The 2020 contribution and benefit limits have been released by the IRS. The contribution limit for employees who participate in 401(k), 403(b), most 457 plans, and the federal government's Thrift Savings Plan is increased.
The following limits are applicable to 401(k), 403(b), most 457 plans, and the federal government's Thrift Savings Plan:
• The contribution limit will be $19,500, up from $19,000 for 2019
• The catch-up provision limit for employees aged 50 and over will be $6,500, up from $6,000 for 2019
• For SIMPLE Retirement accounts, the contribution limit will be $13,500, up from $13,000 for 2019
2020 Contribution Limits for IRAs
Based on the estimated cost of living calculations for 2020, the IRS has determined they cannot support an increase in the contribution limit for 2020. The limit will remain at $6,000. Additionally, the IRA reminds everyone that the IRA catch-up provision limit for employees aged 50 and over is not subject to an annual cost-of-living adjustment. Therefore, the contribution limit will remain at $1,000.
Other 2020 Contribution and Income Limits Issued By the IRS
In addition to the aforementioned changes reported by the IRS for next year, there were a number of other IRS limits announced. The income limit for the Saver's Credit will be set as follows:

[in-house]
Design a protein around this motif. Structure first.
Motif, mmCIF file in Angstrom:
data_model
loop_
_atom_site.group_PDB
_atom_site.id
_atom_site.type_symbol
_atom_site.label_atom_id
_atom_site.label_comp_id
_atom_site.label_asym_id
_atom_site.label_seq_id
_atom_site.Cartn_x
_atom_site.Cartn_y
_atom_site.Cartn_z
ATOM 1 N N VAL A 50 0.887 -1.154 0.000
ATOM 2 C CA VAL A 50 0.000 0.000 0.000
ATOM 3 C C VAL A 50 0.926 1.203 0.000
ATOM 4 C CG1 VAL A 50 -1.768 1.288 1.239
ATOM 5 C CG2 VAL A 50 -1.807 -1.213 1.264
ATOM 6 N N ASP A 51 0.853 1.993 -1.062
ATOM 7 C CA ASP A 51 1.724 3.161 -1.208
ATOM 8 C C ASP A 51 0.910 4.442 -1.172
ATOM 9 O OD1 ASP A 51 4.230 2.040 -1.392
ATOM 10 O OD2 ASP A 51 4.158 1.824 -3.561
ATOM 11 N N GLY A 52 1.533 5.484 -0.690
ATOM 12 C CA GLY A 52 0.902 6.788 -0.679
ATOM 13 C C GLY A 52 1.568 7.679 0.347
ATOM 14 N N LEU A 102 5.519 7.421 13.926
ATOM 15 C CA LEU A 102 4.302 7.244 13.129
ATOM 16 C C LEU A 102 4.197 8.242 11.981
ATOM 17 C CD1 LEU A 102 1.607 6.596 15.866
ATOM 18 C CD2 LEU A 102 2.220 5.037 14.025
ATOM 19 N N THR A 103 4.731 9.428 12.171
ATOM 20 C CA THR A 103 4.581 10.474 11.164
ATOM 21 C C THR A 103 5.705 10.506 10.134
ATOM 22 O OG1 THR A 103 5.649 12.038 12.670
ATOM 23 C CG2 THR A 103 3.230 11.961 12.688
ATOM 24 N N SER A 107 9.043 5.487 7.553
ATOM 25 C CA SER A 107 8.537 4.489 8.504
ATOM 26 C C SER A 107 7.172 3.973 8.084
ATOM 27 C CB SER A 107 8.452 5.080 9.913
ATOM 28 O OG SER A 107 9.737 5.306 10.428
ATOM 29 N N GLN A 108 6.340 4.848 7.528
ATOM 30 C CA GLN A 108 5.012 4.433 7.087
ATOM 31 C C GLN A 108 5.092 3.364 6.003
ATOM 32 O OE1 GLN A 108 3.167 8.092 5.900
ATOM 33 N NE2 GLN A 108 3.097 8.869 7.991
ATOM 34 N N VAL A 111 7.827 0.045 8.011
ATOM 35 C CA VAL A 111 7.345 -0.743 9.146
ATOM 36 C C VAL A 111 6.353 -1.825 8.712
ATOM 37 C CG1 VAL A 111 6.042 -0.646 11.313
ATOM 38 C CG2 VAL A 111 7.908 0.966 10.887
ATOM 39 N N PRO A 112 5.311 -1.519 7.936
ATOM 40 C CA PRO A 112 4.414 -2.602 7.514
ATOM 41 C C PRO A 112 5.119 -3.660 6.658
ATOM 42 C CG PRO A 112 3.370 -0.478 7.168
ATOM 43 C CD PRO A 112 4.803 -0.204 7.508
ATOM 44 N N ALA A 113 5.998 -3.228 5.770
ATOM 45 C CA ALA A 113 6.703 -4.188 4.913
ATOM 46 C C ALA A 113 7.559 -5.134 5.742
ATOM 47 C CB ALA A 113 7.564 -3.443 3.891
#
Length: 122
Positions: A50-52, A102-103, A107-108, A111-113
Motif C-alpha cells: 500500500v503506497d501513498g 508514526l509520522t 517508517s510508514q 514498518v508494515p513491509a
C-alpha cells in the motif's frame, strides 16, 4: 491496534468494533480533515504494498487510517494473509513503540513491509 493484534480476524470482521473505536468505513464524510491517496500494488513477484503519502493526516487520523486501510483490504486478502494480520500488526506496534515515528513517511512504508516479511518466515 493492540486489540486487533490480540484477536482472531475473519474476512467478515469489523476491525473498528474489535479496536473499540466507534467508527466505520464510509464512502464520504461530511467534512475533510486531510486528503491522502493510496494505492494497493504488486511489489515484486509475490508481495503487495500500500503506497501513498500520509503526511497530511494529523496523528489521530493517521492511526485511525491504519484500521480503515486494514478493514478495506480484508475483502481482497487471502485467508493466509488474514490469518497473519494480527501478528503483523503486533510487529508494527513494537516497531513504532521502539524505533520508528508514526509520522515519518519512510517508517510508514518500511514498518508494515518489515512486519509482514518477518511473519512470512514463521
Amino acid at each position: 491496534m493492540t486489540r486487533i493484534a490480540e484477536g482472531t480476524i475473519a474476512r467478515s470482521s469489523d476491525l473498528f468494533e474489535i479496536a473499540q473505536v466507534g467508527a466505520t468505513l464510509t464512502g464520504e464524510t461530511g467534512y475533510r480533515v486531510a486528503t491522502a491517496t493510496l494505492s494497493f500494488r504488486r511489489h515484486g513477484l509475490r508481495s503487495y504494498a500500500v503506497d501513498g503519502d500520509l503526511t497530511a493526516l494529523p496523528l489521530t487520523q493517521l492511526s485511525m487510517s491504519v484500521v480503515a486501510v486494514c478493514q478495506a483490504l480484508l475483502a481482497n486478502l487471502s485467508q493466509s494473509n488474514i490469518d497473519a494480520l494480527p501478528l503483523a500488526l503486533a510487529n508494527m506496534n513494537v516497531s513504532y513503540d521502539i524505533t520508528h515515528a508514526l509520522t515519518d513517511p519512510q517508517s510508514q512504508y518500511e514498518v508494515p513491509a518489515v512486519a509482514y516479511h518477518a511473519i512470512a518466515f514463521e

• $65,000 for married couples filing joint returns, up from $64,000
• $48,750 for for taxpayers filing as for heads of household, up from $48,000
• $32,500 for singles and married individuals planning to file separately, up from $32,000
Defined Benefit plan income limits have been set at:
• Under § 415(b)(1)(A), the annual benefit is set at $230,000, up From $225,000
• Under § 415(c)(1)(A), the annual benefit is set at $57,000, up from $56,000
• Under §§ 401(a)(17), 404(l), 408(k)(3)(C), and 408(k)(6)(D)(ii), the annual compensation limit is set at $285,000, up from $280,000
• Under § 416(i)(1)(A)(i), the dollar limitation is set at $185,000, up from $180,000
• Under §§ § 414(q)(1)(B), the highly compensated income limitation is set at $130,000, up from $125,000
While your tax accountant and investment planners should be aware of these changes, it's still your responsibility to know and understand these number as they pertain to your personal finances. The above information is a vital part of your tax planning efforts for the new year. Should you have any additional questions or concerns, you can contact us to get placed with one of our financial planners or the IRS directly.